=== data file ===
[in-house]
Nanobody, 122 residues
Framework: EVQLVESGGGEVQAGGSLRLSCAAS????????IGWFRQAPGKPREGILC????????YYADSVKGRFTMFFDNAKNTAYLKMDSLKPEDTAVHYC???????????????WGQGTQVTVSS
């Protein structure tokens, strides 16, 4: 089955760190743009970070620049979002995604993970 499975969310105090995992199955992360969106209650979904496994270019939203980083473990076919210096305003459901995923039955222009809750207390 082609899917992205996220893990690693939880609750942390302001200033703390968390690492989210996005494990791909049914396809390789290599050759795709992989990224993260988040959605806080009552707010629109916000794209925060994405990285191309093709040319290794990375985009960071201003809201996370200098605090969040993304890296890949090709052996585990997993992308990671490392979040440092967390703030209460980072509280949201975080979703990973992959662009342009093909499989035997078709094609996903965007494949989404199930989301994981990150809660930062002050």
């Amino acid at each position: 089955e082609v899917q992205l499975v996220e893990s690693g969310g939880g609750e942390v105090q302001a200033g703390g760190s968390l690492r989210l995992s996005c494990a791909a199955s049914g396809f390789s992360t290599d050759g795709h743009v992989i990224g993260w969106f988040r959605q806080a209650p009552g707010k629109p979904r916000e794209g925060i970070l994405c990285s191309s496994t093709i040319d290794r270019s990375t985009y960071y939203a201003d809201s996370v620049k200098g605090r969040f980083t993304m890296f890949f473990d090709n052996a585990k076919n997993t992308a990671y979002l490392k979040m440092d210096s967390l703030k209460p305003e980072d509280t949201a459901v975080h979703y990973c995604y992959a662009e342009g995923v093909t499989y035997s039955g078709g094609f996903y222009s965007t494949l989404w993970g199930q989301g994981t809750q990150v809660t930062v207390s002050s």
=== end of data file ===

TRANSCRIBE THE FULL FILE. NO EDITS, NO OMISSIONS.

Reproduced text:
[in-house]
Nanobody, 122 residues
Framework: EVQLVESGGGEVQAGGSLRLSCAAS????????IGWFRQAPGKPREGILC????????YYADSVKGRFTMFFDNAKNTAYLKMDSLKPEDTAVHYC???????????????WGQGTQVTVSS
């Protein structure tokens, strides 16, 4: 089955760190743009970070620049979002995604993970 499975969310105090995992199955992360969106209650979904496994270019939203980083473990076919210096305003459901995923039955222009809750207390 082609899917992205996220893990690693939880609750942390302001200033703390968390690492989210996005494990791909049914396809390789290599050759795709992989990224993260988040959605806080009552707010629109916000794209925060994405990285191309093709040319290794990375985009960071201003809201996370200098605090969040993304890296890949090709052996585990997993992308990671490392979040440092967390703030209460980072509280949201975080979703990973992959662009342009093909499989035997078709094609996903965007494949989404199930989301994981990150809660930062002050």
């Amino acid at each position: 089955e082609v899917q992205l499975v996220e893990s690693g969310g939880g609750e942390v105090q302001a200033g703390g760190s968390l690492r989210l995992s996005c494990a791909a199955s049914g396809f390789s992360t290599d050759g795709h743009v992989i990224g993260w969106f988040r959605q806080a209650p009552g707010k629109p979904r916000e794209g925060i970070l994405c990285s191309s496994t093709i040319d290794r270019s990375t985009y960071y939203a201003d809201s996370v620049k200098g605090r969040f980083t993304m890296f890949f473990d090709n052996a585990k076919n997993t992308a990671y979002l490392k979040m440092d210096s967390l703030k209460p305003e980072d509280t949201a459901v975080h979703y990973c995604y992959a662009e342009g995923v093909t499989y035997s039955g078709g094609f996903y222009s965007t494949l989404w993970g199930q989301g994981t809750q990150v809660t930062v207390s002050s």